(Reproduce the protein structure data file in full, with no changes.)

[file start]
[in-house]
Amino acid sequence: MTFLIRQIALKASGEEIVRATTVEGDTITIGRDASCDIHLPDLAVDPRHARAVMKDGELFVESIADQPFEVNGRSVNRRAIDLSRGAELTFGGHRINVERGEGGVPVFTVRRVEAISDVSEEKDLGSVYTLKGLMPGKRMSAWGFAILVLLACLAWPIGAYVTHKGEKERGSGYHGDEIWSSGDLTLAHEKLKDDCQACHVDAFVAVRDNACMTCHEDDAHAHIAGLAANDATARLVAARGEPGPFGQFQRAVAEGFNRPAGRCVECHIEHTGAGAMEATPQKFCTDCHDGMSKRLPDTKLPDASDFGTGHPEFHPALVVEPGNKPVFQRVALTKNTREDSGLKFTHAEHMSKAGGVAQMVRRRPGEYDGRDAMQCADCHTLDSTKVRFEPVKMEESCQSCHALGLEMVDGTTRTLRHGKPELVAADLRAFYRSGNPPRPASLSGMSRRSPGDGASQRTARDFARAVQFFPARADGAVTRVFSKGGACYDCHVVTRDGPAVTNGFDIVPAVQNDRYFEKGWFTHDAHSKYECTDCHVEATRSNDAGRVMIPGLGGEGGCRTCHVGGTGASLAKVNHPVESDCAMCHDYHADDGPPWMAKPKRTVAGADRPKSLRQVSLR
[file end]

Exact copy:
[in-house]
Amino acid sequence: MTFLIRQIALKASGEEIVRATTVEGDTITIGRDASCDIHLPDLAVDPRHARAVMKDGELFVESIADQPFEVNGRSVNRRAIDLSRGAELTFGGHRINVERGEGGVPVFTVRRVEAISDVSEEKDLGSVYTLKGLMPGKRMSAWGFAILVLLACLAWPIGAYVTHKGEKERGSGYHGDEIWSSGDLTLAHEKLKDDCQACHVDAFVAVRDNACMTCHEDDAHAHIAGLAANDATARLVAARGEPGPFGQFQRAVAEGFNRPAGRCVECHIEHTGAGAMEATPQKFCTDCHDGMSKRLPDTKLPDASDFGTGHPEFHPALVVEPGNKPVFQRVALTKNTREDSGLKFTHAEHMSKAGGVAQMVRRRPGEYDGRDAMQCADCHTLDSTKVRFEPVKMEESCQSCHALGLEMVDGTTRTLRHGKPELVAADLRAFYRSGNPPRPASLSGMSRRSPGDGASQRTARDFARAVQFFPARADGAVTRVFSKGGACYDCHVVTRDGPAVTNGFDIVPAVQNDRYFEKGWFTHDAHSKYECTDCHVEATRSNDAGRVMIPGLGGEGGCRTCHVGGTGASLAKVNHPVESDCAMCHDYHADDGPPWMAKPKRTVAGADRPKSLRQVSLR